Bales of opportunity for cottonBales of opportunity for cotton
News added on 18-Feb-2014 in Cotton

           Cotton prices are on the rise in India again. But any significant medium-term improvement depends on a Government rethink on export controls. Increased demand from domestic mills have stoked cotton prices in the last ten days. Prices have increased by 22.5 per cent to ₹21,977 per candy. However, prices are still down 2 per cent from levels seen this time last year. As long as the Government continues to maintain controls on export of the valuable raw materials for clothes, the prospects of long-term gains in cotton remain sketchy. Cotton futures, though on an uptrend on the MCX now, trail spot prices.

Output estimates: Cotton production in the 2013-14 crop year (which commenced on August 1) received a boost from the strong monsoon in 2013. The country is expected to produce 36.1 million bales of cotton in 2013-14, according to the latest US Department of Agriculture estimates. In India, a bale of cotton amounts to 175 kg, but globally, a bale is calculated as approximately 218 kg. Consumption, on the other hand, is tipped to rise to only 28.7 million bales. This would leave a surplus of around eight million bales available for exports, acting as a potential driver of prices. With the rupee trending weak against the US dollar, there is a growing rationale for exports to capitalise on the depreciation. But the Agriculture Ministry's refusal to issue Open General License for cotton exports effectively closed this route for domestic producers, with the additional availability depressing prices. The states of Gujarat, Maharashtra and Andhra Pradesh are the major producers of cotton in India, accounting for 75 per cent of the country's total output. India is currently the world's second-largest exporter of cotton.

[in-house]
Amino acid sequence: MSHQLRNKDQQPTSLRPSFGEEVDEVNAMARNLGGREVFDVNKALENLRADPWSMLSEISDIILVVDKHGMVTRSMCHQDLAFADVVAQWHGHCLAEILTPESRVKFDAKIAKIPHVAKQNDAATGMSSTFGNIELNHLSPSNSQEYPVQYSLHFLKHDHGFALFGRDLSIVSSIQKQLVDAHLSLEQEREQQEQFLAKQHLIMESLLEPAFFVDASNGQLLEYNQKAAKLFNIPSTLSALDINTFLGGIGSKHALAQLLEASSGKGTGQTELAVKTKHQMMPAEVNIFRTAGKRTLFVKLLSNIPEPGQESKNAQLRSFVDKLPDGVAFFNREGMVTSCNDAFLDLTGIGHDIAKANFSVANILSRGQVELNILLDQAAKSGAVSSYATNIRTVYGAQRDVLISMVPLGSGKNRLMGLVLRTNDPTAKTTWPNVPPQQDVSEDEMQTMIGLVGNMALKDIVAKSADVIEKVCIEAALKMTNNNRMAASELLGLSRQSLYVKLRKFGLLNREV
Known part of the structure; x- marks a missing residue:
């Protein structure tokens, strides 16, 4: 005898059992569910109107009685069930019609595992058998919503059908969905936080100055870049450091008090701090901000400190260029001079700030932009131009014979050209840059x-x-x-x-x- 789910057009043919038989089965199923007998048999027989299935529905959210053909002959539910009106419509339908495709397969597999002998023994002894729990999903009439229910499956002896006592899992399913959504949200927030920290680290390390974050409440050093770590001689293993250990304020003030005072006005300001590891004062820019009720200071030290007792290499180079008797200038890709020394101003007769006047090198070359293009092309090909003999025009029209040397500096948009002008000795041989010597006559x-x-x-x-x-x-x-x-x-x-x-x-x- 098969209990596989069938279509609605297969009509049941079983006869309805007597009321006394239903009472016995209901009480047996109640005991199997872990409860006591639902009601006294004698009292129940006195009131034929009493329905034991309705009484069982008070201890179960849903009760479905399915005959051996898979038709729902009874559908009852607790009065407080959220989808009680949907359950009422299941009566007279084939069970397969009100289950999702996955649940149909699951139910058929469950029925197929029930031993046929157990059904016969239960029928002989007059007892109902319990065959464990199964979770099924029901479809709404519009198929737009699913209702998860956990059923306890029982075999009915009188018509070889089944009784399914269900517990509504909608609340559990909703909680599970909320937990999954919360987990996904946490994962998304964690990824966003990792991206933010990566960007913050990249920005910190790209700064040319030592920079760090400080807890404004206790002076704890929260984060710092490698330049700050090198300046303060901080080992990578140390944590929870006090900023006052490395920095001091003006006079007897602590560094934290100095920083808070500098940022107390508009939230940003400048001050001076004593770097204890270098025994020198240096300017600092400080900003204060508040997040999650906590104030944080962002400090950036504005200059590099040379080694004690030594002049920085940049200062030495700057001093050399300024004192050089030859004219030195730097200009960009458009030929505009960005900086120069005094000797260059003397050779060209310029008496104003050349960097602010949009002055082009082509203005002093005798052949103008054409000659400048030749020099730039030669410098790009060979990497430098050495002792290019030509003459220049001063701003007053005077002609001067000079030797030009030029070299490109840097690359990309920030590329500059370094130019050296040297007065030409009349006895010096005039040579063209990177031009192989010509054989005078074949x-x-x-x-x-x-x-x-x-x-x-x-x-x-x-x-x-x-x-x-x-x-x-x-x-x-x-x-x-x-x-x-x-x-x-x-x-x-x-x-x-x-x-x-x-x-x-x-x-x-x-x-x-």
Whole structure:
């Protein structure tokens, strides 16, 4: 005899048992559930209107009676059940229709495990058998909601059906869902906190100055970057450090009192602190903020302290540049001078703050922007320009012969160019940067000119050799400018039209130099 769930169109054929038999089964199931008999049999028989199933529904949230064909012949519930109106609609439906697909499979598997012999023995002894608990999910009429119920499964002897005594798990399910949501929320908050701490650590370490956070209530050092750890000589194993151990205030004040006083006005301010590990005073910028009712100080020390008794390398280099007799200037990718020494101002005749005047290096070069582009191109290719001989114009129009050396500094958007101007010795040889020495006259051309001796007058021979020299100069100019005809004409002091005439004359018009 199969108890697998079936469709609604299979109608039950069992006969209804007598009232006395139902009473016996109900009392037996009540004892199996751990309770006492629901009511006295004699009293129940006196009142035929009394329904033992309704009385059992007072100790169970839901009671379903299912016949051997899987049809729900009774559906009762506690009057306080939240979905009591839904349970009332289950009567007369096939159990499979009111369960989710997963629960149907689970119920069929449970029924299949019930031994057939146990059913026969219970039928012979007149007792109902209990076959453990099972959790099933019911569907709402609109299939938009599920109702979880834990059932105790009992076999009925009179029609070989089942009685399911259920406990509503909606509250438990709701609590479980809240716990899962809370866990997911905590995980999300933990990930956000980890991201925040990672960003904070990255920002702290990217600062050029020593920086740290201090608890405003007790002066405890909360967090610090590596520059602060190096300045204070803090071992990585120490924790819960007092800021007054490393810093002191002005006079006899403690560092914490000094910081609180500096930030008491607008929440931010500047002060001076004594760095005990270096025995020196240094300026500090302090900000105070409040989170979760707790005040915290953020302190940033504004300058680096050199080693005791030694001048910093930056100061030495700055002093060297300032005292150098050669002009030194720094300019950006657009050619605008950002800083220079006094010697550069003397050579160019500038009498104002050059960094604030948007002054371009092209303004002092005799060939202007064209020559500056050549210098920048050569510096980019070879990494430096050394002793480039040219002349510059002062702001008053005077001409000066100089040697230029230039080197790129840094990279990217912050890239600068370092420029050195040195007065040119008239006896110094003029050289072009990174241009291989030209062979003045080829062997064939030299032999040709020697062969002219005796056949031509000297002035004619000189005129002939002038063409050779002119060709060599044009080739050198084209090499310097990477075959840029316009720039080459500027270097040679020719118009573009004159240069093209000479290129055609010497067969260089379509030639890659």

Global scenario: Global prices of cotton have been on the rise as well. Prices of cotton see-sawed violently in 2013; they rose sharply in the first half of the year only to witness a reversal in the latter part. In 2014, they witnessed a recovery and were up 0.7 per cent on the US-based Intercontinental Exchange during the year to February 14. This is because global production of cotton is expected to have declined in 2013-14 amid un-favourable weather in key producing countries, such as China. The US Department of Agriculture has pegged global production of the crop at 116.83 million bales in 2013-14, down 3.9 per cent in comparison to the previous year. On the other hand, global demand for cotton has risen. The USDA has projected a 2.2 per cent increase in consumption of cotton worldwide in the 2013-14 season to 109.8 million bales. This is likely to result in tightness in the international supply situation, presenting an enormous opportunity for Indian cotton growers to reap a good price for their produce, if the Government permits it. Prices of the commodity are down significantly from the high of $2.15 per pound (₹1,06,678 per candy) seen in April 2011. The slowdown in China, however, could have a bearing on the commodity's fortunes.

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